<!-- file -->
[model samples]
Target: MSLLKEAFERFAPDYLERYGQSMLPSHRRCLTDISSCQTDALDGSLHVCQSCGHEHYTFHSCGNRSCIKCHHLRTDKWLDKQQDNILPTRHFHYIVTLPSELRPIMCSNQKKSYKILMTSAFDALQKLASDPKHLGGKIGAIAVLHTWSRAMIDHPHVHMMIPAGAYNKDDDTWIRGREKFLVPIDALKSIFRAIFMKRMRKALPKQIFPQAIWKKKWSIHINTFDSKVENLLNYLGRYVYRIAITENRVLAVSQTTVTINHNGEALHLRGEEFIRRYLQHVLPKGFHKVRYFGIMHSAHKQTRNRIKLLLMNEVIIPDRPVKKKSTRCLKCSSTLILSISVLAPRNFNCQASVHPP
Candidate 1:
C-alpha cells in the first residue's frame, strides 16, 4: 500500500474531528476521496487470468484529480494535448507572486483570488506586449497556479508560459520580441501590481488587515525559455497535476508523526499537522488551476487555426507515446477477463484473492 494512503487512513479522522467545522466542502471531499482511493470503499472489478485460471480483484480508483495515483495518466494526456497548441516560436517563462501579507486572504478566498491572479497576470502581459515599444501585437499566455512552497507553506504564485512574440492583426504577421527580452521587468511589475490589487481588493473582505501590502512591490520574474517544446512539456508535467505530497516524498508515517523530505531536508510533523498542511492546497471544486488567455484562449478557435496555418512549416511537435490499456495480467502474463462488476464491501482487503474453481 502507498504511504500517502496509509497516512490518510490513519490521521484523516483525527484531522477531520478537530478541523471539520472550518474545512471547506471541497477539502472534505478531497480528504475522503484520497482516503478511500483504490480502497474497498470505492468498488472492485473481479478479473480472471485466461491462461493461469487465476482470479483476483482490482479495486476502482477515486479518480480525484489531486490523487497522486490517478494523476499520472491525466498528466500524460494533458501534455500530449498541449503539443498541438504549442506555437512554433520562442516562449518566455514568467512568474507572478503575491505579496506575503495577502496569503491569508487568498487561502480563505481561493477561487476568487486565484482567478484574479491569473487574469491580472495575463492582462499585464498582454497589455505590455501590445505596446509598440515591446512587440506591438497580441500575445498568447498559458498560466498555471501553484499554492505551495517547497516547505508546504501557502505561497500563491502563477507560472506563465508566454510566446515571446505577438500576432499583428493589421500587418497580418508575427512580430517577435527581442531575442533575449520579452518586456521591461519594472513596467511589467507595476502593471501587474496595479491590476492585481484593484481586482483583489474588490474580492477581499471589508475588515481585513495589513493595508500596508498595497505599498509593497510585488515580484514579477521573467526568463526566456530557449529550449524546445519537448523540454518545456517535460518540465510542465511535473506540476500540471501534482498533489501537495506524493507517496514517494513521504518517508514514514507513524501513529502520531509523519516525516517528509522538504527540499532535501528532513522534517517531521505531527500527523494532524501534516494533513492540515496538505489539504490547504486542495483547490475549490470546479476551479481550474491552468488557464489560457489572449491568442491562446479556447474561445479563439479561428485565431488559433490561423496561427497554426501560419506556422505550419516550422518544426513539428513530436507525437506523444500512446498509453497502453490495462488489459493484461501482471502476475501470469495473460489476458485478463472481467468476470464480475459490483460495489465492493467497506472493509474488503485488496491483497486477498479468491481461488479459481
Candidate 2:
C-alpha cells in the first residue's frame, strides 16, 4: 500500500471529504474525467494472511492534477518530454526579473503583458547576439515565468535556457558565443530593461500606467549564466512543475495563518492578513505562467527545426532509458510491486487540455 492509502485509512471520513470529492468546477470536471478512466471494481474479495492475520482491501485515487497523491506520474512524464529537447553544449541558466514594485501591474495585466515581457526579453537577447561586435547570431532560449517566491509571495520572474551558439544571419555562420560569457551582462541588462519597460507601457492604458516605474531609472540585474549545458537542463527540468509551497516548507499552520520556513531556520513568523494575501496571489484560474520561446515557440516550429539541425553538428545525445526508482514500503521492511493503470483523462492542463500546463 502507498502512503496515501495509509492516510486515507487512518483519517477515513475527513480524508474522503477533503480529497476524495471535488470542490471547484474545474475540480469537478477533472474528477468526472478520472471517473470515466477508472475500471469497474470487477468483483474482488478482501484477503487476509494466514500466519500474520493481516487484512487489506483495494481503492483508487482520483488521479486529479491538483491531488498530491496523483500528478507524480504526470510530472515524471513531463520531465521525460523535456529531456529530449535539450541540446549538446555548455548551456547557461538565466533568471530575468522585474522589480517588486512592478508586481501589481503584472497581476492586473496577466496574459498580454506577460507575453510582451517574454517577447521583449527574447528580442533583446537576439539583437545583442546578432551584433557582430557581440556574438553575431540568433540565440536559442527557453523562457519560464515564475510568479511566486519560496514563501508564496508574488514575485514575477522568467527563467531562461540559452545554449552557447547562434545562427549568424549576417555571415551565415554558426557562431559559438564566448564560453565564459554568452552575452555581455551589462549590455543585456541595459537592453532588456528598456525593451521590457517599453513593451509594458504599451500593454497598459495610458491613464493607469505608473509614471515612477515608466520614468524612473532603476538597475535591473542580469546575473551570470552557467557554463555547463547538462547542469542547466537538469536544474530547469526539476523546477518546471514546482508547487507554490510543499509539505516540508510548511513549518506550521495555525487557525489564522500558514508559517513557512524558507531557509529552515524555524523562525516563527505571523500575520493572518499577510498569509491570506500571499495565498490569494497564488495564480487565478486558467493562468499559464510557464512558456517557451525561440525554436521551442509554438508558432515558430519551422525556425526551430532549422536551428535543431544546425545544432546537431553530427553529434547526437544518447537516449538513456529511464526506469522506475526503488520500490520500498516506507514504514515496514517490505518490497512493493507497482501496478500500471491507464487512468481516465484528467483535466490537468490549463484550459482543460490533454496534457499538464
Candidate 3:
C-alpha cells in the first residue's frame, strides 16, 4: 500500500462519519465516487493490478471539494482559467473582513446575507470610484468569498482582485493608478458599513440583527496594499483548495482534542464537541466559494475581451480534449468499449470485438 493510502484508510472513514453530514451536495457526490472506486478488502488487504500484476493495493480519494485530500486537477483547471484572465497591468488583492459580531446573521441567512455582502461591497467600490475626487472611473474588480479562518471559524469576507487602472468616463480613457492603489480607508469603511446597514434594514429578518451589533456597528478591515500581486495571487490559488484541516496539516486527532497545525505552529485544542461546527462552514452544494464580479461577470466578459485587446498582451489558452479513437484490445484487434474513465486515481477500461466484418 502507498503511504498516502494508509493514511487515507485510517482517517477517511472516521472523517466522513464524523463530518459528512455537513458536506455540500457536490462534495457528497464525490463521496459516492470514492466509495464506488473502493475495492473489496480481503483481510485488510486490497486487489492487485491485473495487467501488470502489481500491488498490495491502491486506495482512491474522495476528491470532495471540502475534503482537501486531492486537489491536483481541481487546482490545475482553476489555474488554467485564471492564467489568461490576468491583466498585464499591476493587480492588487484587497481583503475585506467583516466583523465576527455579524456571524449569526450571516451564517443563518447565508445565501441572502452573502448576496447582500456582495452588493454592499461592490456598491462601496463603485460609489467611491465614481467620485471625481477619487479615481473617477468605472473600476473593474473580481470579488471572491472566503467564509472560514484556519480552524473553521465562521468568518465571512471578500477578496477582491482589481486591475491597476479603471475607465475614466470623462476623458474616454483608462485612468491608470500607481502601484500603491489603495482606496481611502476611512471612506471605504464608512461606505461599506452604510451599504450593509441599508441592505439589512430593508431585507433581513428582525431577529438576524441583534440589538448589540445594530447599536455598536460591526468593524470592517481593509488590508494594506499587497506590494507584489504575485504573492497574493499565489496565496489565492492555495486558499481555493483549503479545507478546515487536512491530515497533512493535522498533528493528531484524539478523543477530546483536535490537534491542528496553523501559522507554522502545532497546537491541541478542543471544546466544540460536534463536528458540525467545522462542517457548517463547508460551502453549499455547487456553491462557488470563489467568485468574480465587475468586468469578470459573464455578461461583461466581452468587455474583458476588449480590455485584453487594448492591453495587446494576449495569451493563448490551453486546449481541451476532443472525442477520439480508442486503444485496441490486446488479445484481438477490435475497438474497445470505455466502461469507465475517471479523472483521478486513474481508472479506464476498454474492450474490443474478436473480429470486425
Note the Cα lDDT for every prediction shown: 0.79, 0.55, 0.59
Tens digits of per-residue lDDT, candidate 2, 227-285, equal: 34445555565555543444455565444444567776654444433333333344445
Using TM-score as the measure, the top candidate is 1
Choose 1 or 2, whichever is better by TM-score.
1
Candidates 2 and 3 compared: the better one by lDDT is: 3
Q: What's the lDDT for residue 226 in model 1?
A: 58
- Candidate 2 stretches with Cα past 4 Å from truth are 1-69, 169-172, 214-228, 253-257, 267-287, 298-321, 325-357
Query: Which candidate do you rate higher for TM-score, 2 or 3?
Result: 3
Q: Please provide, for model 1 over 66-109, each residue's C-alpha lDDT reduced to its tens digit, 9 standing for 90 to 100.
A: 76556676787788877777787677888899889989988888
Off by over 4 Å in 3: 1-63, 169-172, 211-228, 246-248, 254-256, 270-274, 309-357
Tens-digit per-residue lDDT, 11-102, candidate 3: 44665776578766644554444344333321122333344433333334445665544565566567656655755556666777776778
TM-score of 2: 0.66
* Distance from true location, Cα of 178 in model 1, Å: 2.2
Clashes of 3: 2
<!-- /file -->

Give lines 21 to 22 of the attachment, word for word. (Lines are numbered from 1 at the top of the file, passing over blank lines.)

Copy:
A: 76556676787788877777787677888899889989988888
Off by over 4 Å in 3: 1-63, 169-172, 211-228, 246-248, 254-256, 270-274, 309-357